Brain Mechanisms for Social Perception

Kevin A. Pelphrey, Elizabeth J. Carter
2008 Annals of the New York Academy of Sciences  
In this review, we summarize our research program, which has as its goal charting the typical and atypical development of the social brain in children, adolescents, and adults with and without autism. We highlight recent work using virtual reality stimuli, eye tracking, and functional magnetic resonance imaging that has implicated the superior temporal sulcus (STS) region as an important component of the network of brain regions that support various aspects of social cognition and social
more » ... ion. Our work in typically developing adults has led to the conclusion that the STS region is involved in social perception via its role in the visual analysis of others' actions and intentions from biological-motion cues. Our work in high-functioning adolescents and adults with autism has implicated the STS region as a mechanism underlying social perception dysfunction in this neurodevelopmental disorder. We also report novel findings from a study of biological-motion perception in young children with and without autism.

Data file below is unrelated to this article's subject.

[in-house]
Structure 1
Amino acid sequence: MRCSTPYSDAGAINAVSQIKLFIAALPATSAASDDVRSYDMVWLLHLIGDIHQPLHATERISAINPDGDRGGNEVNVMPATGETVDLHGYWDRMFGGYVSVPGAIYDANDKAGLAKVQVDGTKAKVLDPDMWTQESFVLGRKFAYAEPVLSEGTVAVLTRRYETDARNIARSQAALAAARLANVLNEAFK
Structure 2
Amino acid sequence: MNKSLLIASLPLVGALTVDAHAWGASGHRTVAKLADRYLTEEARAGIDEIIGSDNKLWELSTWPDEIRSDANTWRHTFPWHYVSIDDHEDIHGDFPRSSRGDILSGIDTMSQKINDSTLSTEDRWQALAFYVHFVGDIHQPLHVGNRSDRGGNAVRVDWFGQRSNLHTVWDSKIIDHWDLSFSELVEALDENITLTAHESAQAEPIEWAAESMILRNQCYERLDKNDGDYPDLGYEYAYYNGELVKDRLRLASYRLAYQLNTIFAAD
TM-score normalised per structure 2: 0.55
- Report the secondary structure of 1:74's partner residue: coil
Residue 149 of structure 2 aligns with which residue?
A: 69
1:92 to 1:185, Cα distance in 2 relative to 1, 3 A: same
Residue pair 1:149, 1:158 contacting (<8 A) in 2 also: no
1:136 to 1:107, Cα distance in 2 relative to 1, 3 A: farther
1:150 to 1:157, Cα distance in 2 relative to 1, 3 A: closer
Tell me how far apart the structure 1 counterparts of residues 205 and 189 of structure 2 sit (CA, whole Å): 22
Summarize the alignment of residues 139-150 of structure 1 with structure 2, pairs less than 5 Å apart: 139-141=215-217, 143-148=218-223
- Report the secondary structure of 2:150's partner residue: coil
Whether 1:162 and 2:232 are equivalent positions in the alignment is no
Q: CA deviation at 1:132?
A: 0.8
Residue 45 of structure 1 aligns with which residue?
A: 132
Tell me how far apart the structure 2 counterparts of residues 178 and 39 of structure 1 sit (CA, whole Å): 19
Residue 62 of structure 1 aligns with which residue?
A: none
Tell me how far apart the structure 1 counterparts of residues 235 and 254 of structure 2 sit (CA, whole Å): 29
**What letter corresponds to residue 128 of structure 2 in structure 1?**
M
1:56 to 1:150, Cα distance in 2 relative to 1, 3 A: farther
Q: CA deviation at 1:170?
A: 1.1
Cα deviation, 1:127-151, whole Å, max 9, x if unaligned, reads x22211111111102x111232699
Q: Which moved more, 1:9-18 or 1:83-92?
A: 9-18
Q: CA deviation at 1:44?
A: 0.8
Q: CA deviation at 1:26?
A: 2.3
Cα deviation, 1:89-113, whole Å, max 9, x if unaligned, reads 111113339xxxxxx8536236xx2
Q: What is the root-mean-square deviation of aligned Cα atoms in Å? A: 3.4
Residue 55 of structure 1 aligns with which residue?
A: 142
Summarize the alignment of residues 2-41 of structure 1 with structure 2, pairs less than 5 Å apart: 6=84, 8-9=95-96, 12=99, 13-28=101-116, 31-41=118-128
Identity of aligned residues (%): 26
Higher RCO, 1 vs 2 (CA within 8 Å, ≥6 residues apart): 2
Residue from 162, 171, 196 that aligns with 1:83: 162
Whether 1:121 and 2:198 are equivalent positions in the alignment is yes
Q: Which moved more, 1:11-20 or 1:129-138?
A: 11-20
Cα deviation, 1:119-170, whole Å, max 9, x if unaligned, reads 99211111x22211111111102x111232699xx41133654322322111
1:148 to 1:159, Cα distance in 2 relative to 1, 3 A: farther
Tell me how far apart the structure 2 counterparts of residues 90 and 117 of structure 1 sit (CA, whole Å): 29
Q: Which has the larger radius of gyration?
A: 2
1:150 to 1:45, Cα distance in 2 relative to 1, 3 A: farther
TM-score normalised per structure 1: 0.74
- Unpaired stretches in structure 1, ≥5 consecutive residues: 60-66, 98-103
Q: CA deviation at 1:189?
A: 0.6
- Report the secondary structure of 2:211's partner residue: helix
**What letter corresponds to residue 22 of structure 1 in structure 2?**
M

doi:10.1196/annals.1416.007 pmid:19076404 pmcid:PMC2804066 fatcat:udu2bn52zze5bhfvqo6ee6krca